Féile an Phobail is truly a jewel in West Belfast’s non-monarchical crown.
It has managed to blend politics, debate, community, music and craic in a unique way.
But in the past few years it has excelled. Under the stewardship of Kevin Gamble and his team the development of Féile has been honestly extraordinary, lifting to Feile to being on a par with any of the music festivals, let alone community festivals.
That the debate on the suitability of booking an A list comedian could happen at all, whatever the rights and wrongs, well it would have been unimaginable a decade ago, let alone 20 years ago.
I have often been challenged by some of the speakers that have appeared at Féile. But actually one of the greatest strengths of Féile is to reach out to those with whom we don’t agree and create a space for a respectful conversation. Many political and peace process related issues have been given community platforms with Féile – and that has proven an essential part of the development of the peace process.
This year I notice something that needs urgent attention. And it is how we include. How we ensure that we create spaces that foster equality.
A read of the debates and discussions pamphlet is extraordinary. The debates range from historical analysis, contentious political issues and international perspective. A truly important space has been created and this builds on years of Féile and community working together to build this clár.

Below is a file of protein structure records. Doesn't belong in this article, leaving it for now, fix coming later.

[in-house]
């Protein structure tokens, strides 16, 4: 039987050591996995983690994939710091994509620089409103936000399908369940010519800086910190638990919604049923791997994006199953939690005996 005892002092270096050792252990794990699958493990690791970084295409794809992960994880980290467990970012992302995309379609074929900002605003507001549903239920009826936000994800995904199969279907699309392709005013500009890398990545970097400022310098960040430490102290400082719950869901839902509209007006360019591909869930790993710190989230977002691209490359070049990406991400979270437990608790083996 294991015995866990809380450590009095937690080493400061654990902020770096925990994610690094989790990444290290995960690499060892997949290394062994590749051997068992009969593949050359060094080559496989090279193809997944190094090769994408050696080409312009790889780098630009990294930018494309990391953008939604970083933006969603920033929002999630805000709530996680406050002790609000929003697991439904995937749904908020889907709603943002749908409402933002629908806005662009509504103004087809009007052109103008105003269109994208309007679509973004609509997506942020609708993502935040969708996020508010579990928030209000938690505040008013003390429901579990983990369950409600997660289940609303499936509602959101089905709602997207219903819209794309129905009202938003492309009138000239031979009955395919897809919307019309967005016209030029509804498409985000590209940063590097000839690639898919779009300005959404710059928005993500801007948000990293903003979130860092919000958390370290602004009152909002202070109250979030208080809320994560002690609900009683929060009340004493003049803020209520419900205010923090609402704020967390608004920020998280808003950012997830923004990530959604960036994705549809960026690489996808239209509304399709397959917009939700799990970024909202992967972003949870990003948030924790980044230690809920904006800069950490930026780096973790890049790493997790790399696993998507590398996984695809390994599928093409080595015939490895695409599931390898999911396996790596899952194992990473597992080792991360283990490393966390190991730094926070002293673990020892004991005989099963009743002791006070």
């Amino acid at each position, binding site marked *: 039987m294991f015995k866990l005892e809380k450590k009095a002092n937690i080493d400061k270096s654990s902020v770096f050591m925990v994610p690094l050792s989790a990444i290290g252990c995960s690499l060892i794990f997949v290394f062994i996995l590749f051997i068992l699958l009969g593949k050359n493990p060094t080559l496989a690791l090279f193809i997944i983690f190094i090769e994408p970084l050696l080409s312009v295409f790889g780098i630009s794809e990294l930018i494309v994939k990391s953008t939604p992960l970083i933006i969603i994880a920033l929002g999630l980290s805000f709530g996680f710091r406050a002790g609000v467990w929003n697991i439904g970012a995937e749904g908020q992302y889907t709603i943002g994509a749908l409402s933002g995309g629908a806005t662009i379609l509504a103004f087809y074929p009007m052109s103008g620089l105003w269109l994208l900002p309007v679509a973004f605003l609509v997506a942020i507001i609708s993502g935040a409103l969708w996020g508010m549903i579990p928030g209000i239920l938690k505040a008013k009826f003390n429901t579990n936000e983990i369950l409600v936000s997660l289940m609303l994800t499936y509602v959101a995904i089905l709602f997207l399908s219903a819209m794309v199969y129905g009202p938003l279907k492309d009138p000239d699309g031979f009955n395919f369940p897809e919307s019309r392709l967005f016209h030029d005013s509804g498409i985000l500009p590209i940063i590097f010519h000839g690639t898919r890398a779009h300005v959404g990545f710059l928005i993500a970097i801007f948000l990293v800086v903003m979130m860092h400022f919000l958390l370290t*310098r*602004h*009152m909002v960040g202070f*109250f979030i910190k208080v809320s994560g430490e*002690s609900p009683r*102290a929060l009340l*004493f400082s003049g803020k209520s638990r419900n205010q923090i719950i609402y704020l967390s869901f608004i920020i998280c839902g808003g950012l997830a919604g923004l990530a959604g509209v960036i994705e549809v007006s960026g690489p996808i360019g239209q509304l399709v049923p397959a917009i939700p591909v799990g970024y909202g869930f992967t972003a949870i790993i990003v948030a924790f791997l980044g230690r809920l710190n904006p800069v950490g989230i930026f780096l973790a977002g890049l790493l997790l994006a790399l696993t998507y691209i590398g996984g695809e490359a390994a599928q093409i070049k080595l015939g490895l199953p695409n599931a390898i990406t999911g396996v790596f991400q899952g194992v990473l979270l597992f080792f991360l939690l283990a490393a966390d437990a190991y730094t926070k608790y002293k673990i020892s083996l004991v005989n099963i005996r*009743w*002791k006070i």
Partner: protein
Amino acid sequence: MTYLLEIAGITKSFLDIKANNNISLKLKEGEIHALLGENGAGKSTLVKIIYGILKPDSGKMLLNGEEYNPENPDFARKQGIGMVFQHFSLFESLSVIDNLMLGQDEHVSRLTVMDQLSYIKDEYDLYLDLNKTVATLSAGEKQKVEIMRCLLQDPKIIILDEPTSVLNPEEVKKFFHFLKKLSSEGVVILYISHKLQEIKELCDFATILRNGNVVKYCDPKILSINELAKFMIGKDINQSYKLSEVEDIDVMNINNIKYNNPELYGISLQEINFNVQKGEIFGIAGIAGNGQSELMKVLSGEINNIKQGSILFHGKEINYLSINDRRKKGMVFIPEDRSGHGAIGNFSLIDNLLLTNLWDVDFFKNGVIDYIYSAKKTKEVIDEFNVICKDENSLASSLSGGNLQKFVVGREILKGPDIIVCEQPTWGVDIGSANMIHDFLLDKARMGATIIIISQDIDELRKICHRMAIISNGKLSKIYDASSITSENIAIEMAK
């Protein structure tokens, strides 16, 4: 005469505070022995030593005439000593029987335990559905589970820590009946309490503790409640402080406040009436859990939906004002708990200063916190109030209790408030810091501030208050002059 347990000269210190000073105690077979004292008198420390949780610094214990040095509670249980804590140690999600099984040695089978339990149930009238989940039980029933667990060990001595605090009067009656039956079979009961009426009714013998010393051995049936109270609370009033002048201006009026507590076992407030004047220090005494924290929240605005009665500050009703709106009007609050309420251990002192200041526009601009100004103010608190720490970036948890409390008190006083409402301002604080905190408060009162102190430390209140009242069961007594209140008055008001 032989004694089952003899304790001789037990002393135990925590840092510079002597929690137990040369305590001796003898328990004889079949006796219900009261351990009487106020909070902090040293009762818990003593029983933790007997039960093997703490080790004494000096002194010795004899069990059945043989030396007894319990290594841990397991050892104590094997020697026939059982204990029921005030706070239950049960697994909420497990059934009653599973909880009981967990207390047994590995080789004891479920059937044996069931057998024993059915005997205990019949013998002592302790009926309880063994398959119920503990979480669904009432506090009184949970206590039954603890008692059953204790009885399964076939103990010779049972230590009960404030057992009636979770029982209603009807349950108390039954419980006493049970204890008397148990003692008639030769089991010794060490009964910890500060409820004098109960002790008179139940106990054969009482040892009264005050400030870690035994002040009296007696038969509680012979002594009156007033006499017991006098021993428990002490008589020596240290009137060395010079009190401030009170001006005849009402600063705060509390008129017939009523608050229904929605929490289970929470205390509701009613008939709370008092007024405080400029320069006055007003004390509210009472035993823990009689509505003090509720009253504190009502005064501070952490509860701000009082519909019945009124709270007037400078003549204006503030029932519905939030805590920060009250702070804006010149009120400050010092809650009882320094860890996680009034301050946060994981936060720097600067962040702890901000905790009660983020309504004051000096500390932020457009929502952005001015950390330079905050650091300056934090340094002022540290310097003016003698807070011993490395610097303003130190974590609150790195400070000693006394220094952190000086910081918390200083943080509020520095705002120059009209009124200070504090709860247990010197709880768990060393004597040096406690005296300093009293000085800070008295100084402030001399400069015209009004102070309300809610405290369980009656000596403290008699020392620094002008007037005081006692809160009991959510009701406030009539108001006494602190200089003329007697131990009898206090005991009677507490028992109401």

However there is a significant lack of women speakers. 69 men and 19 women are named speakers. Nine of the 19 women are speaking at the same event on women political prisoners. 78% of named speakers are men. There are a significant number of all male panels – “manels”. That is of course in no way to diminish the women who do feature on the clár. But there are not enough.
As someone who has been involved in organising events over the years I know how it happens. Women are under-represented in politics and public life and this becomes reflected in debates. Political parties are approached to put in speakers and they put in men. Women are approached and they say no. I get all of that. It is hard.
But different choices and different spaces could have been created to prevent what is a very, very male dominated discussion and debate arena.
It is time for a gender lens to be applied. Groups putting forward debates and discussions and Féile itself should as policy ensure equal participation by women, and I don’t mean tokenistic after thoughts. And an analysis of the overall programme for women’s inclusion should be carried out as policy.
If that is proving difficult in the current formats – then change the formats. If you focus on privileging political voices to the exclusion of community you will exclude women – include and it’s a win win.

Féile is West Belfast putting its best foot forward and the women of West Belfast absolutely merit equality – otherwise what is it all about?

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